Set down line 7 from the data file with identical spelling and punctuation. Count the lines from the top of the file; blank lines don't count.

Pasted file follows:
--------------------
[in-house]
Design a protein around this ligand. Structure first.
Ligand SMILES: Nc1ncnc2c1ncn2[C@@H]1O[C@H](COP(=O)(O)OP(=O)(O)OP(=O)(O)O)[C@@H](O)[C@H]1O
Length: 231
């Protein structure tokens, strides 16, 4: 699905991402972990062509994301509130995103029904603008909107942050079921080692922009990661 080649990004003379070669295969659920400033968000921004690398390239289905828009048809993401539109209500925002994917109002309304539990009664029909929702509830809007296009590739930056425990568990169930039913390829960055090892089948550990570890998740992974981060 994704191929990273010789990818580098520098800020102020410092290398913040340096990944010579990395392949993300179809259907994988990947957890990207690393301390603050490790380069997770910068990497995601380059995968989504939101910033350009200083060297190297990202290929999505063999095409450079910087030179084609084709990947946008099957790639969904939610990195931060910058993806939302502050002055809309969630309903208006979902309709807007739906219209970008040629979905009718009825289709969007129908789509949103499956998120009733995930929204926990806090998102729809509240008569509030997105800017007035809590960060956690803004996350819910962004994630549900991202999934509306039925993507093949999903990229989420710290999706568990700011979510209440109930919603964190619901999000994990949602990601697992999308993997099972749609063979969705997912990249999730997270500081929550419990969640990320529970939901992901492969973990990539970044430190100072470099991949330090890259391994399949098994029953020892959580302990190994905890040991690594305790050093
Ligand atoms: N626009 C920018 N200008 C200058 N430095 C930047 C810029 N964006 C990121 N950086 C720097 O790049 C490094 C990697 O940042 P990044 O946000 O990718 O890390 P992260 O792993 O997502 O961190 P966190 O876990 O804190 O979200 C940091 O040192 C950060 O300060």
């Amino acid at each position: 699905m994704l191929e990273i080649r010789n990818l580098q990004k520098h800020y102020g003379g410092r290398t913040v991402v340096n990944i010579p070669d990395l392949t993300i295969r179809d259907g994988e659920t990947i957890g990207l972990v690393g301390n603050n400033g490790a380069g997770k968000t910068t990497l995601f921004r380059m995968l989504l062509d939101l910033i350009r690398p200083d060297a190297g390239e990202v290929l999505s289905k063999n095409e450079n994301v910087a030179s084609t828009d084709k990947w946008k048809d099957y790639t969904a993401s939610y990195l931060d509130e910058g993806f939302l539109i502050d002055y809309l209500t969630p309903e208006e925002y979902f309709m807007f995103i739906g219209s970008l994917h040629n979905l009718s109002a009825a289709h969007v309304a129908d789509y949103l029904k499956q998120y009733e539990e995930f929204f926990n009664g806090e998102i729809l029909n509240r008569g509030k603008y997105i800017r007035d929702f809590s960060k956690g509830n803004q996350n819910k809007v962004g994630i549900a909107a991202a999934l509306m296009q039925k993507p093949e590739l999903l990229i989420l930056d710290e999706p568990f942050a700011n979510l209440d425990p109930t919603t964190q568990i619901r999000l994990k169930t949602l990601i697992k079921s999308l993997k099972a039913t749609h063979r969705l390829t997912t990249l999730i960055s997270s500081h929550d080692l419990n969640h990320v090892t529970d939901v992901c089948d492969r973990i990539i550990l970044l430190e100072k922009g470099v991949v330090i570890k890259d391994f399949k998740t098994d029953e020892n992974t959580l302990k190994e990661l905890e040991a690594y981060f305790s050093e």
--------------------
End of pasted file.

């Amino acid at each position: 699905m994704l191929e990273i080649r010789n990818l580098q990004k520098h800020y102020g003379g410092r290398t913040v991402v340096n990944i010579p070669d990395l392949t993300i295969r179809d259907g994988e659920t990947i957890g990207l972990v690393g301390n603050n400033g490790a380069g997770k968000t910068t990497l995601f921004r380059m995968l989504l062509d939101l910033i350009r690398p200083d060297a190297g390239e990202v290929l999505s289905k063999n095409e450079n994301v910087a030179s084609t828009d084709k990947w946008k048809d099957y790639t969904a993401s939610y990195l931060d509130e910058g993806f939302l539109i502050d002055y809309l209500t969630p309903e208006e925002y979902f309709m807007f995103i739906g219209s970008l994917h040629n979905l009718s109002a009825a289709h969007v309304a129908d789509y949103l029904k499956q998120y009733e539990e995930f929204f926990n009664g806090e998102i729809l029909n509240r008569g509030k603008y997105i800017r007035d929702f809590s960060k956690g509830n803004q996350n819910k809007v962004g994630i549900a909107a991202a999934l509306m296009q039925k993507p093949e590739l999903l990229i989420l930056d710290e999706p568990f942050a700011n979510l209440d425990p109930t919603t964190q568990i619901r999000l994990k169930t949602l990601i697992k079921s999308l993997k099972a039913t749609h063979r969705l390829t997912t990249l999730i960055s997270s500081h929550d080692l419990n969640h990320v090892t529970d939901v992901c089948d492969r973990i990539i550990l970044l430190e100072k922009g470099v991949v330090i570890k890259d391994f399949k998740t098994d029953e020892n992974t959580l302990k190994e990661l905890e040991a690594y981060f305790s050093e």